In Victoria, Conspiracy is found in section 321 of the Crimes Act 1958. It is a criminal offence that is committed by a person who was found to have agreed with another person or persons to pursue a course of conduct that will involve the commission of an offence by any of the parties to the agreement.

Have you been accused of Conspiracy? Our experienced lawyers can answer your important questions.
Police Interview
People mistakenly believe that if they tell the Police their side of the story that the matter will simply go away. That is not the case at all. A Police interview is not a chance for you to explain your side. The interview is part of the Police investigation. Before going to any interview, you should speak to an expert Conspiracy lawyer to understand your rights and options.

Pleading Not Guilty
We understand that many allegations are untrue. If you want to fight the charge against you, we can conduct our own investigation and carefully examine the Police brief of evidence. Conspiracy is a complex charge and sometimes the Police miss evidence that helps with your defence. We can work to gather all relevant material, while also finding weaknesses in the Police case.

Pleading Guilty
If you want to plead guilty to the charge of Conspiracy, we can work with you to prepare for the best possible outcome. We might be able to negotiate the facts supporting the charge. There is a lot of preparation for a plea hearing, including tendering medical reports and character references. Our specialist Conspiracy lawyers will work closely with you to understand your background so we can best present your story to the court at a plea hearing. This preparation helps to achieve the best possible outcome.

Examples of Conspiracy
  • A group of people decide to commit an armed robbery together
  • A group of friends plan to vandalise a building
  • Ten or more people organise an extensive drug trafficking operation
  • There was no agreement to carry out the offence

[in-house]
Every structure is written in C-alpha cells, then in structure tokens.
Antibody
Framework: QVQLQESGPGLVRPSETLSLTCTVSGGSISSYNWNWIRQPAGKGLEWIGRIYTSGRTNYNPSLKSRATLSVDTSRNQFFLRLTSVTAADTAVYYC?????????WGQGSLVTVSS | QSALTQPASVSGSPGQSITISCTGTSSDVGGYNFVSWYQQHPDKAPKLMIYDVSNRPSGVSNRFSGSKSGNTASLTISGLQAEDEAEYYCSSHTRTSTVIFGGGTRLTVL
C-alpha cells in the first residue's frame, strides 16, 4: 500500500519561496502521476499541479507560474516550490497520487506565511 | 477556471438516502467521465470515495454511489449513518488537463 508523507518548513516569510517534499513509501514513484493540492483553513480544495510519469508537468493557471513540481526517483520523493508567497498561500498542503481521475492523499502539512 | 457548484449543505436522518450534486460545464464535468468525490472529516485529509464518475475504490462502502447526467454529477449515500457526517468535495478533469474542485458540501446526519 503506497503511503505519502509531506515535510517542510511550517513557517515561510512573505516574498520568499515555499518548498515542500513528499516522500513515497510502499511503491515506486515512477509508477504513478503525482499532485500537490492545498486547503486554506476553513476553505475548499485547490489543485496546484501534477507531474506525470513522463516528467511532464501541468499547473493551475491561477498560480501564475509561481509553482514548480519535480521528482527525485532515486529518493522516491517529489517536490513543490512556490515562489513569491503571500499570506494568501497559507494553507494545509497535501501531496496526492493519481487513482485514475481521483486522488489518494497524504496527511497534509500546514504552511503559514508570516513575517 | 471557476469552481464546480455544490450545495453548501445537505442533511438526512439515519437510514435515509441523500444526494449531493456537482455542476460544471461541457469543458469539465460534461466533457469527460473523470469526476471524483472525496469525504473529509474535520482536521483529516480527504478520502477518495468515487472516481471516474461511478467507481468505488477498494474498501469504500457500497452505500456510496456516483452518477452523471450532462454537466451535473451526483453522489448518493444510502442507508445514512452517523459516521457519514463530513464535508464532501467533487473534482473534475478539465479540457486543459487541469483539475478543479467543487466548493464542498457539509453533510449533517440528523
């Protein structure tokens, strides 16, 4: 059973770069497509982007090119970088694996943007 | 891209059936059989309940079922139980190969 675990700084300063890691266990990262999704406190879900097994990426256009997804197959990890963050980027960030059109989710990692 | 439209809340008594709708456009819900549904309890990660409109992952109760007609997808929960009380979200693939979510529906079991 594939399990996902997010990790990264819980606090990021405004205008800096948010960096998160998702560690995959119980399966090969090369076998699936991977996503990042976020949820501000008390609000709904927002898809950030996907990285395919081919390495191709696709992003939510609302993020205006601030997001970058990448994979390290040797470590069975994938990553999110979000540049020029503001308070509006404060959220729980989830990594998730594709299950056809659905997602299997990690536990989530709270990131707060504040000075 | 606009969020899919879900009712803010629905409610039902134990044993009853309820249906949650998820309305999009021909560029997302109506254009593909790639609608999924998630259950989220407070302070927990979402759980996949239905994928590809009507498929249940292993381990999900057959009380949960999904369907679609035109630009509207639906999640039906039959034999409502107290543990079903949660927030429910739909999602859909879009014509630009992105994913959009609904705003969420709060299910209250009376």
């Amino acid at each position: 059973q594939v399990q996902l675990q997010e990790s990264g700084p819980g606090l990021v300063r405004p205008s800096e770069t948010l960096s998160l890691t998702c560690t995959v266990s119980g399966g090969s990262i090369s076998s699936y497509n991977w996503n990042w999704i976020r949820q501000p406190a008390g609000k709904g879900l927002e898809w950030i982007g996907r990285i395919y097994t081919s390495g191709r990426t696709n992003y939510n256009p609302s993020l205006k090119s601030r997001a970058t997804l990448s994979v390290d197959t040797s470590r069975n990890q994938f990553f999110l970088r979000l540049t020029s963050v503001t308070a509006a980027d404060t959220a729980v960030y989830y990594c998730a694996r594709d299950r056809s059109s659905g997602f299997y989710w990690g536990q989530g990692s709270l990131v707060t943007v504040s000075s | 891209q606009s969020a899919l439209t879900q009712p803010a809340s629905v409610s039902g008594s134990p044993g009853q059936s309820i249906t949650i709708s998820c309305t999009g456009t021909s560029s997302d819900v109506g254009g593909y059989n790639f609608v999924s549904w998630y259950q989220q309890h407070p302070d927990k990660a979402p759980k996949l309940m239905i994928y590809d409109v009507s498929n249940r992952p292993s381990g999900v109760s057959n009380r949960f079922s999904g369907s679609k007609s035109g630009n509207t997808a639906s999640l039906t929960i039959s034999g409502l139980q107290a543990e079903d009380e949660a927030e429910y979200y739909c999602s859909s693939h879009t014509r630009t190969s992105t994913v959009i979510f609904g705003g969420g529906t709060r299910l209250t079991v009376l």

• You did not have any knowledge of the plans to carry out the offence
  • You never intended to carry out the offence
  • The plan agreed upon resulted in the commission of a different or undecided offence.
There are other possible defences, depending on the circumstances surrounding the alleged offending. Each matter is unique and requires an individualised approach and strategy.

Questions in cases like this
  • What proves there was an agreement to carry out the offence?
  • What proves your intention that the offence will be committed?
What can you be sentenced to for this charge?
Conspiracy (s321 of the Crimes Act) is seldom charged and therefore reserved for the more serious types of offending.

If you are found guilty of a serious offence, you may serve a prison term.

In Victoria, the section that covers the offence is section 321 of the Crimes Act 1958.

At the Commonwealth level, the offence is governed by section 11.5 of the Criminal Code Act 1995 (Cth).

Certain offences of conspiracy at common law were abolished in Victoria under s 321F(1) of the Crimes Act 1956 (Vic).

What is the legal definition of Conspiracy?
Entering into an agreement with another person or persons to pursue a course of conduct which will involve the commission of an offence by one or more parties and intending that the offence would be committed.

“Were you conspiring?”
Other Important Resources
Cases handled by our expert Conspiracy lawyer